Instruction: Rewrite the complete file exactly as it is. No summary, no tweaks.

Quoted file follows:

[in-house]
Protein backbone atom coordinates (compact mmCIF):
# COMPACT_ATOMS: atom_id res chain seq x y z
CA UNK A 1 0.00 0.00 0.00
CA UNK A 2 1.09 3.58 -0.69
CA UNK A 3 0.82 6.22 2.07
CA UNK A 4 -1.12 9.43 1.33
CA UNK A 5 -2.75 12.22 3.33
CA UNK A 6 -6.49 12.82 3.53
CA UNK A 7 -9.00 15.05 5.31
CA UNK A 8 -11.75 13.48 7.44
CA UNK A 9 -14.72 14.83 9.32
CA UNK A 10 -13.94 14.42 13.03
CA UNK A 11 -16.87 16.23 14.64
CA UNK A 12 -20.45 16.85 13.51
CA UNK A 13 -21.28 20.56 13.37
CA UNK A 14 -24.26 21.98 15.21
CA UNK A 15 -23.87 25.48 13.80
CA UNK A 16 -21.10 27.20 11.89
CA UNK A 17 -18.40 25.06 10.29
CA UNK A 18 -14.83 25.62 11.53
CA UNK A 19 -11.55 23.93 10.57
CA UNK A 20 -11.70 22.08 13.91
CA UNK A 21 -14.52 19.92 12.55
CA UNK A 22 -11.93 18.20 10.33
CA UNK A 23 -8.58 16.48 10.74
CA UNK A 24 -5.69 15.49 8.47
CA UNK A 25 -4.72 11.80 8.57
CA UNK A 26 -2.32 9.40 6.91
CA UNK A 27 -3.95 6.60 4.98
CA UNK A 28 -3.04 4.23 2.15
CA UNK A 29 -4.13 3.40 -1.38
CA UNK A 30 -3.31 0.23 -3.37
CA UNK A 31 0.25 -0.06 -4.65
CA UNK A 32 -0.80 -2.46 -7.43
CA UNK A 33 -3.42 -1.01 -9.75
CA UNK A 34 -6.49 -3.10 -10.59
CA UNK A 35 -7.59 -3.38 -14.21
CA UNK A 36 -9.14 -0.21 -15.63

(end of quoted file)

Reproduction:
[in-house]
Protein backbone atom coordinates (compact mmCIF):
# COMPACT_ATOMS: atom_id res chain seq x y z
CA UNK A 1 0.00 0.00 0.00
CA UNK A 2 1.09 3.58 -0.69
CA UNK A 3 0.82 6.22 2.07
CA UNK A 4 -1.12 9.43 1.33
CA UNK A 5 -2.75 12.22 3.33
CA UNK A 6 -6.49 12.82 3.53
CA UNK A 7 -9.00 15.05 5.31
CA UNK A 8 -11.75 13.48 7.44
CA UNK A 9 -14.72 14.83 9.32
CA UNK A 10 -13.94 14.42 13.03
CA UNK A 11 -16.87 16.23 14.64
CA UNK A 12 -20.45 16.85 13.51
CA UNK A 13 -21.28 20.56 13.37
CA UNK A 14 -24.26 21.98 15.21
CA UNK A 15 -23.87 25.48 13.80
CA UNK A 16 -21.10 27.20 11.89
CA UNK A 17 -18.40 25.06 10.29
CA UNK A 18 -14.83 25.62 11.53
CA UNK A 19 -11.55 23.93 10.57
CA UNK A 20 -11.70 22.08 13.91
CA UNK A 21 -14.52 19.92 12.55
CA UNK A 22 -11.93 18.20 10.33
CA UNK A 23 -8.58 16.48 10.74
CA UNK A 24 -5.69 15.49 8.47
CA UNK A 25 -4.72 11.80 8.57
CA UNK A 26 -2.32 9.40 6.91
CA UNK A 27 -3.95 6.60 4.98
CA UNK A 28 -3.04 4.23 2.15
CA UNK A 29 -4.13 3.40 -1.38
CA UNK A 30 -3.31 0.23 -3.37
CA UNK A 31 0.25 -0.06 -4.65
CA UNK A 32 -0.80 -2.46 -7.43
CA UNK A 33 -3.42 -1.01 -9.75
CA UNK A 34 -6.49 -3.10 -10.59
CA UNK A 35 -7.59 -3.38 -14.21
CA UNK A 36 -9.14 -0.21 -15.63